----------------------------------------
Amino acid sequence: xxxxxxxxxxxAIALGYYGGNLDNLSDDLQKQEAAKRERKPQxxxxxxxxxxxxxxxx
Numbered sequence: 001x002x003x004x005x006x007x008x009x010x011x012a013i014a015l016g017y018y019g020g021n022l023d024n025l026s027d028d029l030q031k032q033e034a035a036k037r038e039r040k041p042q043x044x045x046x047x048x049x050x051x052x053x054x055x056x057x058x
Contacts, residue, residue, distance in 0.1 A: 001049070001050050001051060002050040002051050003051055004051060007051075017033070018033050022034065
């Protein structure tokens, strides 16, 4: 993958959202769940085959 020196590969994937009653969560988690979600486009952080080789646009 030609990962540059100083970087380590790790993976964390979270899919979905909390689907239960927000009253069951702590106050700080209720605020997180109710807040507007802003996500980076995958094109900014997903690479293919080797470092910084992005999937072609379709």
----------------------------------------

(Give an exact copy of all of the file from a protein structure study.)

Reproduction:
Amino acid sequence: xxxxxxxxxxxAIALGYYGGNLDNLSDDLQKQEAAKRERKPQxxxxxxxxxxxxxxxx
Numbered sequence: 001x002x003x004x005x006x007x008x009x010x011x012a013i014a015l016g017y018y019g020g021n022l023d024n025l026s027d028d029l030q031k032q033e034a035a036k037r038e039r040k041p042q043x044x045x046x047x048x049x050x051x052x053x054x055x056x057x058x
Contacts, residue, residue, distance in 0.1 A: 001049070001050050001051060002050040002051050003051055004051060007051075017033070018033050022034065
């Protein structure tokens, strides 16, 4: 993958959202769940085959 020196590969994937009653969560988690979600486009952080080789646009 030609990962540059100083970087380590790790993976964390979270899919979905909390689907239960927000009253069951702590106050700080209720605020997180109710807040507007802003996500980076995958094109900014997903690479293919080797470092910084992005999937072609379709």